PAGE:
Archive for May, 2010|Monthly archive page
Last weekend was the first long weekend of the Earth Living twelve month programme. I’ll try not to give too much away for those who might be thinking of signing up to the programme next year, but refer to the topics as listed on the Native Awareness website.
The main thing I took from the weekend was the camaraderie between the students, instructors and volunteers. Spending time with like-minded people was (as always) a pleasure, and we bonded well as a team, which bodes well for the survival immersion week next April, which we are all working towards. This is when we venture into the wilderness for a week with only the clothes we are standing in and the authentic primitive tools we have made throughout the year.
This first weekend was focused on advanced skills and crafts. I really enjoyed the pottery making and intend to find and process some of my local clay to make more of the utensils we’ll need in the immersion quest, hopefully in time for us to fire them communally at the next meeting in June. I managed to make a small pinch pot, larger coil pot and small oil lamp at the weekend, but have lots of ideas and inspiration for other pots I’d like to make.
Advanced bow drill was a revelation, and I’ve taken away lots of tips that will help me better understand, and become more proficient in, this type of firemaking. You never stop learning with the bow drill, and I’m already thinking about building my next set, in accordance with the time-tested theory that the more love and attention you put into your kit, the better the attitude with which you approach the process of firemaking, and the more successful you will hopefully be.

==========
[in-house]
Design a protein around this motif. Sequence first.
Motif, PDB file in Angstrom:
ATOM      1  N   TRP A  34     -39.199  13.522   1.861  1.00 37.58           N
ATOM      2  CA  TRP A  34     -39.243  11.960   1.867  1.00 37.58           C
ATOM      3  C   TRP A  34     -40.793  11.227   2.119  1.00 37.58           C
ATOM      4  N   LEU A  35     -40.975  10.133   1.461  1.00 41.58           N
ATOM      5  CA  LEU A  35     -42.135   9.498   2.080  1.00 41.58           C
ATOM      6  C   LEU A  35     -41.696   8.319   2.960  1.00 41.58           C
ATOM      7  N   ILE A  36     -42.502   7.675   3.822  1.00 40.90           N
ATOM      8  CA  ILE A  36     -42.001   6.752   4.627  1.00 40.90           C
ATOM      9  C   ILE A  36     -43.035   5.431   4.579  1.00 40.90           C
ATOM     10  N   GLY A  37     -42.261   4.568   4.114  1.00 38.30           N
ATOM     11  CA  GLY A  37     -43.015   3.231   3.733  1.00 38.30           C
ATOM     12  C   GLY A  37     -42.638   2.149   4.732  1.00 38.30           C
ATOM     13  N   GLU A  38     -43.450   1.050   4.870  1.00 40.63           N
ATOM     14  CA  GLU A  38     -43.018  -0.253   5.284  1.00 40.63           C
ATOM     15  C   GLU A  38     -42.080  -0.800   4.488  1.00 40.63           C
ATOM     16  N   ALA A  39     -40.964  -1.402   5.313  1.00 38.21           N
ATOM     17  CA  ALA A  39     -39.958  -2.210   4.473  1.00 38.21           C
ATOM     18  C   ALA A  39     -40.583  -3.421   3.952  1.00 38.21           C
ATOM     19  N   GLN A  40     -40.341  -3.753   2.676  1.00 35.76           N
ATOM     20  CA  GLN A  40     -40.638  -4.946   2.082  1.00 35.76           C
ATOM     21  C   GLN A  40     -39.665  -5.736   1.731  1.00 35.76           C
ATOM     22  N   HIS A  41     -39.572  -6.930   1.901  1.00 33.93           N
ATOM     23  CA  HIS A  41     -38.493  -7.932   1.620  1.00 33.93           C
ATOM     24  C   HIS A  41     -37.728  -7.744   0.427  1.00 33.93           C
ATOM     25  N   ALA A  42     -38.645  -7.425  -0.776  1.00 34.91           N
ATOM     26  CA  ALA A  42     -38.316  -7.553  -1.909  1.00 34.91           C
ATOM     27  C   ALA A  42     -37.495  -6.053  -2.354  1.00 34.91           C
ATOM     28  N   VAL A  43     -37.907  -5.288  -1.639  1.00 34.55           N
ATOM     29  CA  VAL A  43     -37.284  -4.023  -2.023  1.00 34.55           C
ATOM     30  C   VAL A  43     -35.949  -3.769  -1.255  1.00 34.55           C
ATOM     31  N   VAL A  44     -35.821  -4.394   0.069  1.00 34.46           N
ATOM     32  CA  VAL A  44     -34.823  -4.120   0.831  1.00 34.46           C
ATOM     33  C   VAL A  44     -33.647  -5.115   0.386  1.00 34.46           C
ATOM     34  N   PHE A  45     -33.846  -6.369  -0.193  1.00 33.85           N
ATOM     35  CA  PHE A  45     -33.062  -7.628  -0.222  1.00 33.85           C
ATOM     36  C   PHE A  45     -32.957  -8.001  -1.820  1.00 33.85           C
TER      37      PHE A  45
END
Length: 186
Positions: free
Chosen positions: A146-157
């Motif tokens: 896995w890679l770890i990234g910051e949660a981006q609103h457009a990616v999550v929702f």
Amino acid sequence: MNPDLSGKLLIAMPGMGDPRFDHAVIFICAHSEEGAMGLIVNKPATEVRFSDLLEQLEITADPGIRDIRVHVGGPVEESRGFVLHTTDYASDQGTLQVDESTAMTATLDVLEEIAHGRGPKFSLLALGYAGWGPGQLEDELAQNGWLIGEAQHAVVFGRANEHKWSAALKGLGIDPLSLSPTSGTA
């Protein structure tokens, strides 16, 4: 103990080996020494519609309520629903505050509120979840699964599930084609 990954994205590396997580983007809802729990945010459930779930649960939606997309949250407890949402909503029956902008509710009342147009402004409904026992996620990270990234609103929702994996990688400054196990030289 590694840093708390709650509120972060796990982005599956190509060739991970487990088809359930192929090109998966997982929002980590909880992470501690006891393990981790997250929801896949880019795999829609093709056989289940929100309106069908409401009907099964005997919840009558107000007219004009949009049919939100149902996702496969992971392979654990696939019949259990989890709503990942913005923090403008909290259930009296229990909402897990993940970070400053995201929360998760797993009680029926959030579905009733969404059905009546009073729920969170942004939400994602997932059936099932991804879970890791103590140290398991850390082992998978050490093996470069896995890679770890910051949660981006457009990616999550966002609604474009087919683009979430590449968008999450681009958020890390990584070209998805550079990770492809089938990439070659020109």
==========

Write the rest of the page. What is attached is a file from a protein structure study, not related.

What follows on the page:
The other thing I took away from the weekend was the experience of finding and purifying water and foraging for wild edibles. These experiences brought me closer to the environs of the camp in all sorts of ways. Learning the skills of survival is not just about dealing with extreme situations; its about re-discovering our relationship with the natural world by removing the fear and distrust that separates modern humans from nature. Only when we can enter the wilderness with nothing, and without fear, can we re-establish the communication our ancestors enjoyed with the world… and our spirits so crave today.